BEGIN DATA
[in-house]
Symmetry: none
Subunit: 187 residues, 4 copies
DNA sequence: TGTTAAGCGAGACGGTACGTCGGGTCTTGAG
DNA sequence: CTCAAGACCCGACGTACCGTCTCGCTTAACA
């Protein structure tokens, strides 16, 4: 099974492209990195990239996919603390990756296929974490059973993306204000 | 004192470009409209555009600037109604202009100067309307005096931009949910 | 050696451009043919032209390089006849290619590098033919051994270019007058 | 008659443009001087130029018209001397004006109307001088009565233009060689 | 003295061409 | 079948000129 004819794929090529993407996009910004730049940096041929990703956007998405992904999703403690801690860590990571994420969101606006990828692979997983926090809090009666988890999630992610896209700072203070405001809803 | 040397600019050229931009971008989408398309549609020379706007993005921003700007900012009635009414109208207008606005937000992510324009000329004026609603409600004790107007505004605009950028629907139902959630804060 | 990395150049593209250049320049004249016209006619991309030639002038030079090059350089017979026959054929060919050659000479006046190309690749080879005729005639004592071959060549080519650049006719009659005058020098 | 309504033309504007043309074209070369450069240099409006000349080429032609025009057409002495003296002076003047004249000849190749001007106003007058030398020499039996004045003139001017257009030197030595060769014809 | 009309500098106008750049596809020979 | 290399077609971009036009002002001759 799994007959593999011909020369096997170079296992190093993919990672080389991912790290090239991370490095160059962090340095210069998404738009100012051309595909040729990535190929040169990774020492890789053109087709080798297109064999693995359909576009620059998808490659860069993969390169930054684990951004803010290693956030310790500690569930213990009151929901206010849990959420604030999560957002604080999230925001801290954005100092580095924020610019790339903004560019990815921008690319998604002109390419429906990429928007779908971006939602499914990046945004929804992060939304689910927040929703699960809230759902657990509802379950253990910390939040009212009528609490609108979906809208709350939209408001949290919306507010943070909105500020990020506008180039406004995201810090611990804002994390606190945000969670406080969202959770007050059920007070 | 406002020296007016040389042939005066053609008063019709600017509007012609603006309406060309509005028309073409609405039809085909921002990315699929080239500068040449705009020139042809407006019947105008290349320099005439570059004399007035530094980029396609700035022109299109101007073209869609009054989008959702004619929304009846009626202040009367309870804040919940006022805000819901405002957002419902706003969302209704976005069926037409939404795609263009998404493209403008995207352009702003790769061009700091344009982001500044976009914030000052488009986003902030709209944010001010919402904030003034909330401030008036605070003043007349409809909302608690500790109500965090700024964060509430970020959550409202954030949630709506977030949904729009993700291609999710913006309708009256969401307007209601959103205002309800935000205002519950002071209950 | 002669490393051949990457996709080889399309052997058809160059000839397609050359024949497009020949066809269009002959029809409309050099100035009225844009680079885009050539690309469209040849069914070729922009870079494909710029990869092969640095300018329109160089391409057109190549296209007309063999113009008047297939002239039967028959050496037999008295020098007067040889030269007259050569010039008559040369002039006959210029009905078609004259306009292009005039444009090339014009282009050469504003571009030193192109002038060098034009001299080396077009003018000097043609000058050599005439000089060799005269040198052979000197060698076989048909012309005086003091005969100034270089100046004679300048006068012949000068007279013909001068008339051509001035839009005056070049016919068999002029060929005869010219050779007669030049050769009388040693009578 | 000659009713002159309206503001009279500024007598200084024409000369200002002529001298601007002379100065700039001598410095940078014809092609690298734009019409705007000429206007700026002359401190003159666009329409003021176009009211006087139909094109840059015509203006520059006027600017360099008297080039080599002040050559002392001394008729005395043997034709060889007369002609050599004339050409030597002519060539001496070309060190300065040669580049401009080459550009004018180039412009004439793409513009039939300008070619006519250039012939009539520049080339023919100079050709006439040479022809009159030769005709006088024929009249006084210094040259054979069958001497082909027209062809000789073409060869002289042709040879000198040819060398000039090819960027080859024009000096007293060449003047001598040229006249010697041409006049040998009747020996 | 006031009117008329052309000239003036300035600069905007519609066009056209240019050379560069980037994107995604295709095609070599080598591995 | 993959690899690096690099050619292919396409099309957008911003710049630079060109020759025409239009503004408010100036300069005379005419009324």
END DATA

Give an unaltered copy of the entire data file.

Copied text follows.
[in-house]
Symmetry: none
Subunit: 187 residues, 4 copies
DNA sequence: TGTTAAGCGAGACGGTACGTCGGGTCTTGAG
DNA sequence: CTCAAGACCCGACGTACCGTCTCGCTTAACA
């Protein structure tokens, strides 16, 4: 099974492209990195990239996919603390990756296929974490059973993306204000 | 004192470009409209555009600037109604202009100067309307005096931009949910 | 050696451009043919032209390089006849290619590098033919051994270019007058 | 008659443009001087130029018209001397004006109307001088009565233009060689 | 003295061409 | 079948000129 004819794929090529993407996009910004730049940096041929990703956007998405992904999703403690801690860590990571994420969101606006990828692979997983926090809090009666988890999630992610896209700072203070405001809803 | 040397600019050229931009971008989408398309549609020379706007993005921003700007900012009635009414109208207008606005937000992510324009000329004026609603409600004790107007505004605009950028629907139902959630804060 | 990395150049593209250049320049004249016209006619991309030639002038030079090059350089017979026959054929060919050659000479006046190309690749080879005729005639004592071959060549080519650049006719009659005058020098 | 309504033309504007043309074209070369450069240099409006000349080429032609025009057409002495003296002076003047004249000849190749001007106003007058030398020499039996004045003139001017257009030197030595060769014809 | 009309500098106008750049596809020979 | 290399077609971009036009002002001759 799994007959593999011909020369096997170079296992190093993919990672080389991912790290090239991370490095160059962090340095210069998404738009100012051309595909040729990535190929040169990774020492890789053109087709080798297109064999693995359909576009620059998808490659860069993969390169930054684990951004803010290693956030310790500690569930213990009151929901206010849990959420604030999560957002604080999230925001801290954005100092580095924020610019790339903004560019990815921008690319998604002109390419429906990429928007779908971006939602499914990046945004929804992060939304689910927040929703699960809230759902657990509802379950253990910390939040009212009528609490609108979906809208709350939209408001949290919306507010943070909105500020990020506008180039406004995201810090611990804002994390606190945000969670406080969202959770007050059920007070 | 406002020296007016040389042939005066053609008063019709600017509007012609603006309406060309509005028309073409609405039809085909921002990315699929080239500068040449705009020139042809407006019947105008290349320099005439570059004399007035530094980029396609700035022109299109101007073209869609009054989008959702004619929304009846009626202040009367309870804040919940006022805000819901405002957002419902706003969302209704976005069926037409939404795609263009998404493209403008995207352009702003790769061009700091344009982001500044976009914030000052488009986003902030709209944010001010919402904030003034909330401030008036605070003043007349409809909302608690500790109500965090700024964060509430970020959550409202954030949630709506977030949904729009993700291609999710913006309708009256969401307007209601959103205002309800935000205002519950002071209950 | 002669490393051949990457996709080889399309052997058809160059000839397609050359024949497009020949066809269009002959029809409309050099100035009225844009680079885009050539690309469209040849069914070729922009870079494909710029990869092969640095300018329109160089391409057109190549296209007309063999113009008047297939002239039967028959050496037999008295020098007067040889030269007259050569010039008559040369002039006959210029009905078609004259306009292009005039444009090339014009282009050469504003571009030193192109002038060098034009001299080396077009003018000097043609000058050599005439000089060799005269040198052979000197060698076989048909012309005086003091005969100034270089100046004679300048006068012949000068007279013909001068008339051509001035839009005056070049016919068999002029060929005869010219050779007669030049050769009388040693009578 | 000659009713002159309206503001009279500024007598200084024409000369200002002529001298601007002379100065700039001598410095940078014809092609690298734009019409705007000429206007700026002359401190003159666009329409003021176009009211006087139909094109840059015509203006520059006027600017360099008297080039080599002040050559002392001394008729005395043997034709060889007369002609050599004339050409030597002519060539001496070309060190300065040669580049401009080459550009004018180039412009004439793409513009039939300008070619006519250039012939009539520049080339023919100079050709006439040479022809009159030769005709006088024929009249006084210094040259054979069958001497082909027209062809000789073409060869002289042709040879000198040819060398000039090819960027080859024009000096007293060449003047001598040229006249010697041409006049040998009747020996 | 006031009117008329052309000239003036300035600069905007519609066009056209240019050379560069980037994107995604295709095609070599080598591995 | 993959690899690096690099050619292919396409099309957008911003710049630079060109020759025409239009503004408010100036300069005379005419009324």